Chief Currie wants peace, but prepared to fight
Militant Maroons want dialogue with Government
While his preferred option is for peace, Chief Richard Currie, the head of the Accompong Maroons, says he stands willing and ready to fight to defend the sovereign rights of the people he was elected to lead, serve, and protect.
In a video recording, seemingly in response to recent statements by National Security Minister Dr Horace Chang and Senior Superintendent Stephanie Lindsay, the head of the Jamaica Constabulary Corporate Communications Unit, challenging the Maroons’ sovereignty over their ancestral lands, Currie made it clear that he is committed to defending the interest of his people.
“I must inform the entire Jamaican public that I do not seek permission to defend my people. It is my duty to defend my people, and it should be the duty of any leader to do the same,” he said. “ … It is my fiduciary duty and there is no power on Earth – temporal or spiritual – that can separate me from my duty and my undying love for my people.”
In a recent incident, the Accompong Maroons got into a kerfuffle with police officers who entered their community and tried to destroy a ganja farm. The police were challenged by the Maroons, who declared their actions illegal based on their interpretation of the 1838 treaty with the British government, which gives them sovereignty over their lands.
However, in defending the police’s action, Lindsay said the police were on official duty and had a right to enter the Maroon enclave, which she says is officially part of Jamaica and, therefore, under the jurisdiction of the police.
In a subsequent radio interview, Chang not only came out commending the police but also declared that to his knowledge, “there is no such thing as Maroon lands”.
While he believes that the Accompong Maroons are standing on solid legal grounds as it relates to their sovereign right over the lands, Alex Moore-Minnott, minister of foreign affairs and diplomacy for the Accompong Maroons, says his preferred option is to settle the matter with the Jamaican Government through dialogue instead of heading straight to court.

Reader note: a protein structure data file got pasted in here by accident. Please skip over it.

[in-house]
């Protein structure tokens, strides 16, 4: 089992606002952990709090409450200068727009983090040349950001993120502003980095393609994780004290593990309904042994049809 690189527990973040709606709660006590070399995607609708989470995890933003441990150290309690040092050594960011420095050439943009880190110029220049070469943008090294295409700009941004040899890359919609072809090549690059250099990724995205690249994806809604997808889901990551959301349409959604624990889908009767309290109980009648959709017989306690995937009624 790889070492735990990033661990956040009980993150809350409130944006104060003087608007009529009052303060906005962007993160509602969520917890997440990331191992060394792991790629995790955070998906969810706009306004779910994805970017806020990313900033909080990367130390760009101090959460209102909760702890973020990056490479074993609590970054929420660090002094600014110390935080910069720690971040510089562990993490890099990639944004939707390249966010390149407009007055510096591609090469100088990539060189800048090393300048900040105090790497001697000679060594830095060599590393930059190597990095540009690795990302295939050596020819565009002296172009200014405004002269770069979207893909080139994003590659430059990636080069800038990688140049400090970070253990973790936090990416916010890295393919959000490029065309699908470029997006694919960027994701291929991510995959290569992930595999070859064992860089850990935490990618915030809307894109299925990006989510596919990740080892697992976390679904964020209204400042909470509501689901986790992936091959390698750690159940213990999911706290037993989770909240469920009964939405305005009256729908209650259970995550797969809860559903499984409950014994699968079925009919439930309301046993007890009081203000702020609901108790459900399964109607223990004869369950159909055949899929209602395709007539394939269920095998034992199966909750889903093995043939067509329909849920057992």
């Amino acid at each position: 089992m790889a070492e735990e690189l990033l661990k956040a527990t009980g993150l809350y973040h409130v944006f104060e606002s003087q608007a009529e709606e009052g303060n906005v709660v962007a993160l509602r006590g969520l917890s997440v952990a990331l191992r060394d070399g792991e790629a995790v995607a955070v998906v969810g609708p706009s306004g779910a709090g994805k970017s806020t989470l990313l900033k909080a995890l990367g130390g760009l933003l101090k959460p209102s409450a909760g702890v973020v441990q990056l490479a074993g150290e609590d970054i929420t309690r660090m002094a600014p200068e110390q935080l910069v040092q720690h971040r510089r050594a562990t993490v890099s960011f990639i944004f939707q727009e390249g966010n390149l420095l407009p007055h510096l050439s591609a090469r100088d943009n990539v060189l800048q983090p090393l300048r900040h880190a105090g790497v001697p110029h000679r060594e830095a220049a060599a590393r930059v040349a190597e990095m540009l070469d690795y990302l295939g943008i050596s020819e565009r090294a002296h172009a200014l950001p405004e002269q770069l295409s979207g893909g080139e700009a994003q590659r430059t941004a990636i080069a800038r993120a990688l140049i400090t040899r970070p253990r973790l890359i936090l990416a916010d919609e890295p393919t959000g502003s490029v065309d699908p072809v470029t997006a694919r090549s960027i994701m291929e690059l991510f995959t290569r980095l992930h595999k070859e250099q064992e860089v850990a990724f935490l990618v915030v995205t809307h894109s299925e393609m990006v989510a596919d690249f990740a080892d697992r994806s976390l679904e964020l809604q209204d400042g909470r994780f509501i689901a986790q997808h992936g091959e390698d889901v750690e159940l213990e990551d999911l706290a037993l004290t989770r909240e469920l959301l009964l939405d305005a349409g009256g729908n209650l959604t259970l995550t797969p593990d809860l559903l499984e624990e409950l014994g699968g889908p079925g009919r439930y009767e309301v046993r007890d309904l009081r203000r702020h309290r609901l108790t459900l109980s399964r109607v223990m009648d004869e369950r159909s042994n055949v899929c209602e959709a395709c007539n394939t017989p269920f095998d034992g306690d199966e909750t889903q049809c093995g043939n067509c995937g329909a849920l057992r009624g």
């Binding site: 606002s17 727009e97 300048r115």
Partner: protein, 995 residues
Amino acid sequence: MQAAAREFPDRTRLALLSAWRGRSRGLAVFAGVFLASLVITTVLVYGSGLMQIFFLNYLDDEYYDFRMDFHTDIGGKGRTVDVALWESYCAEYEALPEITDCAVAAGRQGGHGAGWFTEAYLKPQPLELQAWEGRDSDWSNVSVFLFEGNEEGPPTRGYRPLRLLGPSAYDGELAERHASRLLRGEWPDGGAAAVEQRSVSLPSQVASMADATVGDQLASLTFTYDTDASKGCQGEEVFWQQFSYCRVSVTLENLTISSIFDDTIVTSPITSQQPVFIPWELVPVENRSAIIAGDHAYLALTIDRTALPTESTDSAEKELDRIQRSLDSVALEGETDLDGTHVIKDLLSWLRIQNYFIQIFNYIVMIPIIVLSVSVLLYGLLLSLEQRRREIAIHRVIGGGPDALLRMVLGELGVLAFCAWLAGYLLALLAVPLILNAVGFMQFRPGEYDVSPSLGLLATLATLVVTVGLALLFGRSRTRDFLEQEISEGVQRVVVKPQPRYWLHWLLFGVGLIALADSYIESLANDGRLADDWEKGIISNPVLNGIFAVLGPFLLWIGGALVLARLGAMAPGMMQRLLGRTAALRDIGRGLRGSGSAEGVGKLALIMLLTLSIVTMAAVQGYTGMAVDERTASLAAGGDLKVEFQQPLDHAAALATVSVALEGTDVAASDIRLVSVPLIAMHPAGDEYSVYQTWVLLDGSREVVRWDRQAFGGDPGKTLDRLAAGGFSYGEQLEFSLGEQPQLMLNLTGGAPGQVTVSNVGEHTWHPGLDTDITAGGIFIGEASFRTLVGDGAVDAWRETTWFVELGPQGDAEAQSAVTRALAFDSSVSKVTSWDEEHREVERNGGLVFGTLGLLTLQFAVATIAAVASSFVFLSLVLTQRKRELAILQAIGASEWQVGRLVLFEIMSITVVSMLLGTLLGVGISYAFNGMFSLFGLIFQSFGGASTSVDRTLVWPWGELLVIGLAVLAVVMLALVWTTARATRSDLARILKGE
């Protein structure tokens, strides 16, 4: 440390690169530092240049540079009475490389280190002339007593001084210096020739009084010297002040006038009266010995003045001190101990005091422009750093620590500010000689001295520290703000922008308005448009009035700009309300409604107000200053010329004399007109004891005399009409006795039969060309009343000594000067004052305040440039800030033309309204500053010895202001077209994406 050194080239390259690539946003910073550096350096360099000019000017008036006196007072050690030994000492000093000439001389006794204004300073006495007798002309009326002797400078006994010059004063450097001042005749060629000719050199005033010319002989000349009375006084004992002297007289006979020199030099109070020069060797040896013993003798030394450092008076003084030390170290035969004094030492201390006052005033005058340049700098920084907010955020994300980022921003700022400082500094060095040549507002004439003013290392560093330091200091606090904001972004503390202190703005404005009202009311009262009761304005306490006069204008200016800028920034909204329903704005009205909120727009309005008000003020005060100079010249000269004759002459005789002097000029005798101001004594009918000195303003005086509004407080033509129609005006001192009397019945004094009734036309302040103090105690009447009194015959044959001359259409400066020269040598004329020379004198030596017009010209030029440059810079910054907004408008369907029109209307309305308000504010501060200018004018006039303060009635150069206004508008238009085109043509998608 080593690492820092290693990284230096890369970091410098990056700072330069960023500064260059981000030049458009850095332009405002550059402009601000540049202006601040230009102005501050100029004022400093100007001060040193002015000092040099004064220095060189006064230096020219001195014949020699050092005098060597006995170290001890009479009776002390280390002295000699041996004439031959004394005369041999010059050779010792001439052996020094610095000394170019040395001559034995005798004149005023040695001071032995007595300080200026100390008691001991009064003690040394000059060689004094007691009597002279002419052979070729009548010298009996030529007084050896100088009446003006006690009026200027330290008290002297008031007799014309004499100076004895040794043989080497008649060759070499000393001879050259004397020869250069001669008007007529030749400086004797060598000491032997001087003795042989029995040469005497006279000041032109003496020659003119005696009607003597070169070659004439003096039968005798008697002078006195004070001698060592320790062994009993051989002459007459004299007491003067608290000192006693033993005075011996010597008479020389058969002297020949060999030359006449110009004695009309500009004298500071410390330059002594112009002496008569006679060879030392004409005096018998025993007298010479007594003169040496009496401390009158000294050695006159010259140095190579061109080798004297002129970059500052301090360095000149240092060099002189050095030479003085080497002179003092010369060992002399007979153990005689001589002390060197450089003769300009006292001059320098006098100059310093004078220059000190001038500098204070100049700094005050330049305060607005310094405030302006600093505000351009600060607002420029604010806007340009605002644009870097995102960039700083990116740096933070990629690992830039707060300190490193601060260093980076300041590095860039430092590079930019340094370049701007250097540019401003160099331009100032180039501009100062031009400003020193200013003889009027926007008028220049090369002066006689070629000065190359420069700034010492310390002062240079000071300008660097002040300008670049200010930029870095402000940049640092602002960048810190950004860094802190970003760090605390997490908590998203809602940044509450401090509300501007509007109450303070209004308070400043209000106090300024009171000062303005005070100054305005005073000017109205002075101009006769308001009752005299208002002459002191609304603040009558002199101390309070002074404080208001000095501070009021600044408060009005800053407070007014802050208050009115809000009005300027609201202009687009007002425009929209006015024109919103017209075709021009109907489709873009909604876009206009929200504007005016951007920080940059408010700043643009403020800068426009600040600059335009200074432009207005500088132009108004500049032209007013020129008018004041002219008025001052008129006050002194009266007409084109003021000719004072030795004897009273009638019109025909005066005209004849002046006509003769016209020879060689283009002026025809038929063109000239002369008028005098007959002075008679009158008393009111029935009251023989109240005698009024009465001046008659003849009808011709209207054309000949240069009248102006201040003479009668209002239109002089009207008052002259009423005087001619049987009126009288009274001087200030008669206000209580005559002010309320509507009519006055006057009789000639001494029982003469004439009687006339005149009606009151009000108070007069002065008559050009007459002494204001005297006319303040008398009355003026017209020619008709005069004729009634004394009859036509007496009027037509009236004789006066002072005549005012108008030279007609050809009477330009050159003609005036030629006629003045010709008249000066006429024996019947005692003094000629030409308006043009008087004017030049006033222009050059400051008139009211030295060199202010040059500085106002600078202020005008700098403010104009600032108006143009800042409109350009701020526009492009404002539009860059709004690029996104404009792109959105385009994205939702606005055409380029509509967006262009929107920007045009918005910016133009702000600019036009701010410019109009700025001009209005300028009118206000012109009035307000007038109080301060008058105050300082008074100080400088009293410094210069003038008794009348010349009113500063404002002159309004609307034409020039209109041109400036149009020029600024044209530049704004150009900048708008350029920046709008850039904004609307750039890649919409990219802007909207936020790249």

Additionally, Moore-Minnott said that while the Jamaican Government appears uncertain about the rights of the Maroons as indigenous people, esteemed bodies such as the United Nations, the Organization of American States, and event the British Crown recognise their sovereignty.
“We know that we are in the right, and we have the documentation and the application on international laws on our side … . We don’t see the Jamaican Government as our enemies. In fact, we see all Jamaican people as our brothers and sisters, so it would be in our collective interest to settle this matter amicably,” said Moore-Minnott. “The Mayans were faced with a similar land situation recently, and it was resolved in their favour.”
Moore-Minnott pointed to a speech made by Asif Ahmad, the former British High Commissioner to Jamaica, recognising their sovereignty in a ceremony in Accompong two years ago.
“The reason for being with you is to honour and remember that firm treaty that my predecessors made with you 281 years ago. Yes, there were times when we broke our promise … . In this world today, we should remember the sanctity of treaties between sovereign nations, and we should never forget when one country gives its bond to another. People are watching, history is watching, and we have to remember every diversion from that,” Ahmad said at the time.
As for Chief Currie, he is simply urging the Government to pursue a path of peace.
“This was not land we beg for. This was not land that King George II gave to us but rather land that we possessed from pre-historic times,” noted Currie in championing the proud heritage of his ancestors. “… I urge the Government of Jamaica to keep the peace and allow me to look after my people in peace and to allow my people to live comfortable in this our ancestral homeland.”